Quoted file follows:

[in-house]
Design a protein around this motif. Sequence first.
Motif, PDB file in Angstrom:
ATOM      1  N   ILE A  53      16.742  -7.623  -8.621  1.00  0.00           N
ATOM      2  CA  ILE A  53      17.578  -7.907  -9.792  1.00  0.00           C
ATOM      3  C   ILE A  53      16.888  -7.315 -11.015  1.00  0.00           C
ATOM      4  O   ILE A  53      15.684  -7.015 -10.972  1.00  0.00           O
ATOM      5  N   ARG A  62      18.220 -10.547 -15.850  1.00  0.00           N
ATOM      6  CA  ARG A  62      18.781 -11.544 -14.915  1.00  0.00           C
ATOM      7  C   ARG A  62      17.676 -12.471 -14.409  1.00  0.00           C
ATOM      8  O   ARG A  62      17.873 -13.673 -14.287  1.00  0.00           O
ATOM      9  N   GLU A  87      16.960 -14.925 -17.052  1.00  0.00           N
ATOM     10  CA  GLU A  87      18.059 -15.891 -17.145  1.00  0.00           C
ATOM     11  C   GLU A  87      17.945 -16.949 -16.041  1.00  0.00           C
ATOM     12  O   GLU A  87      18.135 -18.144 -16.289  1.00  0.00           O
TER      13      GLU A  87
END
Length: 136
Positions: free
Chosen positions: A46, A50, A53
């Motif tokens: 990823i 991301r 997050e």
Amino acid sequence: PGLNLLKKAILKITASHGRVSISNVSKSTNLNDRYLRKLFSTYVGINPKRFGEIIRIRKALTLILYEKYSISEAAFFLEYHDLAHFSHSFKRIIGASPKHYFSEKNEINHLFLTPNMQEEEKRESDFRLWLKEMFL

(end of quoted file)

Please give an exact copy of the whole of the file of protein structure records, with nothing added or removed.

[in-house]
Design a protein around this motif. Sequence first.
Motif, PDB file in Angstrom:
ATOM      1  N   ILE A  53      16.742  -7.623  -8.621  1.00  0.00           N
ATOM      2  CA  ILE A  53      17.578  -7.907  -9.792  1.00  0.00           C
ATOM      3  C   ILE A  53      16.888  -7.315 -11.015  1.00  0.00           C
ATOM      4  O   ILE A  53      15.684  -7.015 -10.972  1.00  0.00           O
ATOM      5  N   ARG A  62      18.220 -10.547 -15.850  1.00  0.00           N
ATOM      6  CA  ARG A  62      18.781 -11.544 -14.915  1.00  0.00           C
ATOM      7  C   ARG A  62      17.676 -12.471 -14.409  1.00  0.00           C
ATOM      8  O   ARG A  62      17.873 -13.673 -14.287  1.00  0.00           O
ATOM      9  N   GLU A  87      16.960 -14.925 -17.052  1.00  0.00           N
ATOM     10  CA  GLU A  87      18.059 -15.891 -17.145  1.00  0.00           C
ATOM     11  C   GLU A  87      17.945 -16.949 -16.041  1.00  0.00           C
ATOM     12  O   GLU A  87      18.135 -18.144 -16.289  1.00  0.00           O
TER      13      GLU A  87
END
Length: 136
Positions: free
Chosen positions: A46, A50, A53
């Motif tokens: 990823i 991301r 997050e």
Amino acid sequence: PGLNLLKKAILKITASHGRVSISNVSKSTNLNDRYLRKLFSTYVGINPKRFGEIIRIRKALTLILYEKYSISEAAFFLEYHDLAHFSHSFKRIIGASPKHYFSEKNEINHLFLTPNMQEEEKRESDFRLWLKEMFL